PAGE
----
Sunday, February 13, 2011

Greg on Hospital Life


Henry Ford Hospital in Wyandotte
 Everyone ends up in the hospital sooner or later. This weekend is my turn. I haven't been admitted to the hospital since I was a child, so this is a new experience.

 I am not really concerned about my health. I want to clear this problem and go home.  More than anything else I am really annoyed at wasting a weekend in this hospital room.

Observations on Hospital Life

1. Wild West - The emergency room had people coming and going. All kinds of people some with trains of hanger-on people with them. There were old and young and severely ill, and me too.

The staff seemed like they had seen it all, and let the people be their own weird selves. I expected a doctor's office experience with more structure -- instead it was the Wild West.

2. Hospital food -- I am at Henry Ford Hospital in Wyandotte. The day before I got here they redid their food service. Instead of regularly bringing identical meals up to each hospital ward, the kitchen waits for the patients to order off the menu.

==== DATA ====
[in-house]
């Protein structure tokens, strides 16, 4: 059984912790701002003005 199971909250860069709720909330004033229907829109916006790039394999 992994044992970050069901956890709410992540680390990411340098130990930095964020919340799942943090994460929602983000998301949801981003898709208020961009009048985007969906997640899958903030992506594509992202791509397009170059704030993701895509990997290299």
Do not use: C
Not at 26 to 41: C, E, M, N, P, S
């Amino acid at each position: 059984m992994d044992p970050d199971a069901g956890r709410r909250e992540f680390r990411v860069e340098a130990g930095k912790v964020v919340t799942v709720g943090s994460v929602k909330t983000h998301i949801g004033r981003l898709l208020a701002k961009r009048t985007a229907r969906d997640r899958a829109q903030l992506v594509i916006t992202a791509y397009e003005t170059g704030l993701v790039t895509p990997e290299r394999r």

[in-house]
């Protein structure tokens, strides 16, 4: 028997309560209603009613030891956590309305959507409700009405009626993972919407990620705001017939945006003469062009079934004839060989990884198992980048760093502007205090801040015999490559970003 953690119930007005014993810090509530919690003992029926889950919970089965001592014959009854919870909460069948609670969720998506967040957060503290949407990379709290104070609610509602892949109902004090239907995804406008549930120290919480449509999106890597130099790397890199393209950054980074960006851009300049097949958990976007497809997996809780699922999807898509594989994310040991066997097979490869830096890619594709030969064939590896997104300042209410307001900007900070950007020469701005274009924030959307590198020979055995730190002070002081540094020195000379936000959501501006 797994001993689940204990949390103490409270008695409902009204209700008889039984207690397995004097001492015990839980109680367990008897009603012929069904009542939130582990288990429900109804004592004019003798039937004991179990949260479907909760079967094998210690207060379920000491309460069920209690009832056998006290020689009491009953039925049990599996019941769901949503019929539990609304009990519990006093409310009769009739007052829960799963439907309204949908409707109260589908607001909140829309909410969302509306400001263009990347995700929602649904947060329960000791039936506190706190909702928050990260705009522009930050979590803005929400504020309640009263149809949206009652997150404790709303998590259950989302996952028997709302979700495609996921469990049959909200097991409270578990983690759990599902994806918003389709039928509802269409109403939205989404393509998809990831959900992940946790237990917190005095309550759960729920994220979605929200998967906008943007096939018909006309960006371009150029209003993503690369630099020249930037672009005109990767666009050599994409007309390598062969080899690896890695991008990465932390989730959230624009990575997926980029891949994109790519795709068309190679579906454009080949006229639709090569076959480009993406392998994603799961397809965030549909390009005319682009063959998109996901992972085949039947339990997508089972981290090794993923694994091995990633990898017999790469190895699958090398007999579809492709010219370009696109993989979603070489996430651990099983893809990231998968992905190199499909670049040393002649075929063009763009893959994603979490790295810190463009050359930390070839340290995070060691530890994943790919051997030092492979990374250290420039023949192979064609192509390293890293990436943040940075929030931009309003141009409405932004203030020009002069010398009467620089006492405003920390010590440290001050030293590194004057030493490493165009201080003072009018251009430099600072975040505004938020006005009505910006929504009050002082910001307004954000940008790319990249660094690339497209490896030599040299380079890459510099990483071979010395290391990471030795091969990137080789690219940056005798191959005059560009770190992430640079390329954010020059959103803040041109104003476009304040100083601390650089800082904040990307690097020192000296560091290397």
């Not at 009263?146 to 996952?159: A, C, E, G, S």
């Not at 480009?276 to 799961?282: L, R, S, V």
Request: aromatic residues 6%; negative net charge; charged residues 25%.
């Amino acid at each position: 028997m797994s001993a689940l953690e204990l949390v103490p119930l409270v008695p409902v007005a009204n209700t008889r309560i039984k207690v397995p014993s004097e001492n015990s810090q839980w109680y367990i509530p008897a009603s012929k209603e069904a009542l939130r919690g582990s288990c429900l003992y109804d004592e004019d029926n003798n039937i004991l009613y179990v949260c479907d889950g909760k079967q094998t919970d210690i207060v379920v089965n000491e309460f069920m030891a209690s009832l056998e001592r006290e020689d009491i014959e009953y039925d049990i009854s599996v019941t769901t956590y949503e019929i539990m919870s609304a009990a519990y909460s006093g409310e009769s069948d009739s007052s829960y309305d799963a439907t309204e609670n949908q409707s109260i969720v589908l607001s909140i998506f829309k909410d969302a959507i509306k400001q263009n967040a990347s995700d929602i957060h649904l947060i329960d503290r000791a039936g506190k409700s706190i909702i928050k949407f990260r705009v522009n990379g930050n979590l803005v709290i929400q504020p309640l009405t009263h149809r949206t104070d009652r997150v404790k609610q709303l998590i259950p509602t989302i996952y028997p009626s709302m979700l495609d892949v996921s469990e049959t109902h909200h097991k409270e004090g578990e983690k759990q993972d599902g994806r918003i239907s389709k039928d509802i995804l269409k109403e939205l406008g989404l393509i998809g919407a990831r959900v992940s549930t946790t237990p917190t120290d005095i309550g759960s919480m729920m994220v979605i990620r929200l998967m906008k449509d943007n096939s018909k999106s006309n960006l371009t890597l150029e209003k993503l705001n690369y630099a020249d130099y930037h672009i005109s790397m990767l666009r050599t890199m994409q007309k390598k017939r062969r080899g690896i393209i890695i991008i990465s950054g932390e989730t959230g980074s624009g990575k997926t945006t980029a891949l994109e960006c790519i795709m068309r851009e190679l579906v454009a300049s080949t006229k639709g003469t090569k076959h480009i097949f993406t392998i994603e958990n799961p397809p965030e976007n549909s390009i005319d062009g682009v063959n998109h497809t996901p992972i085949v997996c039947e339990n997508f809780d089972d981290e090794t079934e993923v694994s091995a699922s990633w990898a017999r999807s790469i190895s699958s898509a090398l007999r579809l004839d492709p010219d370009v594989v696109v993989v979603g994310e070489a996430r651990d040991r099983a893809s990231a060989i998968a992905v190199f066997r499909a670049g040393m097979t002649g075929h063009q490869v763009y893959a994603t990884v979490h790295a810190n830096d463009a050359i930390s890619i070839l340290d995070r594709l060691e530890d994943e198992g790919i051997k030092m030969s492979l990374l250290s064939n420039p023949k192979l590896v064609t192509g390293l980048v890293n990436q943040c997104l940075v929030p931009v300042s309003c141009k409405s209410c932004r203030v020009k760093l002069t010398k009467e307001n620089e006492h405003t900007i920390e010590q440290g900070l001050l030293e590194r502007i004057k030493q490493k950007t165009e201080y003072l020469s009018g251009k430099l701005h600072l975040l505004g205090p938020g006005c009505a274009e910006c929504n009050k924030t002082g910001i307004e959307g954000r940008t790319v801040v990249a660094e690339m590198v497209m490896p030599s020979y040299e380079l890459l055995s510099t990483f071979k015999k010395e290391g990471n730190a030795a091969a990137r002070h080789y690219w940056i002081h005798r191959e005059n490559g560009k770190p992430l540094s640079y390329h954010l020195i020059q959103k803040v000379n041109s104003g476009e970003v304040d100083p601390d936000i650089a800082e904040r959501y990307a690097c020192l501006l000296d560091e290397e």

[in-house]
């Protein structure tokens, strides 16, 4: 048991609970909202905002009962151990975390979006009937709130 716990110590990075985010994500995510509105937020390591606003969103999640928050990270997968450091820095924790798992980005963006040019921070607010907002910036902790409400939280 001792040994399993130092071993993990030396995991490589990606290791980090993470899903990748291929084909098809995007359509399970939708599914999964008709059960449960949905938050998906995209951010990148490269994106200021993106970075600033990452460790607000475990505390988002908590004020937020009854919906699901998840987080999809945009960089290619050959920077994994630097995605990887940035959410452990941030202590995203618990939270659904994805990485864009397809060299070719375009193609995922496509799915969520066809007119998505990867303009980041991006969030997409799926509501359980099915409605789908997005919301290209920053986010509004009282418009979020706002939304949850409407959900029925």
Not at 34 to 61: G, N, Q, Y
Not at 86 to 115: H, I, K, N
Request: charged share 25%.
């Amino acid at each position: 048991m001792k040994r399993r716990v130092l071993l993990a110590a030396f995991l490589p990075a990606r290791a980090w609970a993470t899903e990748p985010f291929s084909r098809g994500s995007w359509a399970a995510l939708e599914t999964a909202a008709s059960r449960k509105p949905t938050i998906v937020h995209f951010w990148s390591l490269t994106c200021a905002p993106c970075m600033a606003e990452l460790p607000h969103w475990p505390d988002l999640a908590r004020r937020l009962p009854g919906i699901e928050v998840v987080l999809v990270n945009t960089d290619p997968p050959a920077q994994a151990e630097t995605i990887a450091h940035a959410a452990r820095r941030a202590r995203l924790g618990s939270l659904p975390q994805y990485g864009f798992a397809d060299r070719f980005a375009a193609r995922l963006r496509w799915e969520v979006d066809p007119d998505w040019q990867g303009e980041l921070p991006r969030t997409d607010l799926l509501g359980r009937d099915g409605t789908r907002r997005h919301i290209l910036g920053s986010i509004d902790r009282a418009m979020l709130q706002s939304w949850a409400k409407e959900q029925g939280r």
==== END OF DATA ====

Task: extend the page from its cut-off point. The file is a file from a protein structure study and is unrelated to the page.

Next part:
I am sure the patients like it better. The kitchen still batches the orders together and sends trays of food upstairs. It is must be more work with a custom system, but the old system probably had tons of special requests anyway.

The hospital menu is pretty fancy. You can get four kinds of eggs for breakfast, seven kinds of cereal, two kinds of yogurt, seven kinds of bread/muffins. For lunch there are four kinds of salad, four kinds of soup, about eighteen entrees and thirteen side-dishes.

I can endorse the Salmon Caesar wrap which left me thinking about how to make this at home -- that is my ultimate complement for restaurant food. Last night's tilapia was excellent too.

The kitchen's ordering department needs help- - maybe it is just opening weekend jitters, but I spent over five minutes on hold trying to get my dinner order placed. What this kitchen needs is a web-page to place the order.

The food in the emergency room was truly bad though: a microwaved hamburger and squished turkey sandwich.

3. TV  -- The free-TV is medical information videos and music channels. To get better TV (and local phone), you need to pay $7 which is charged to your telephone number -- not the hospital bill. Probably to keep the per/day fee down for the insurance company.

I spend the night watching the CARE Channel's nature scenes and sleepy music because of my roommates's ...

4. SNOORING -- My roommate snoores terribly. Eventually I found some earplugs in my bag from my last red-eye flight.  [Ouch he is snooring again.]

5. Hope --  Hope to get out of here soon.

More on hospital living on my next post.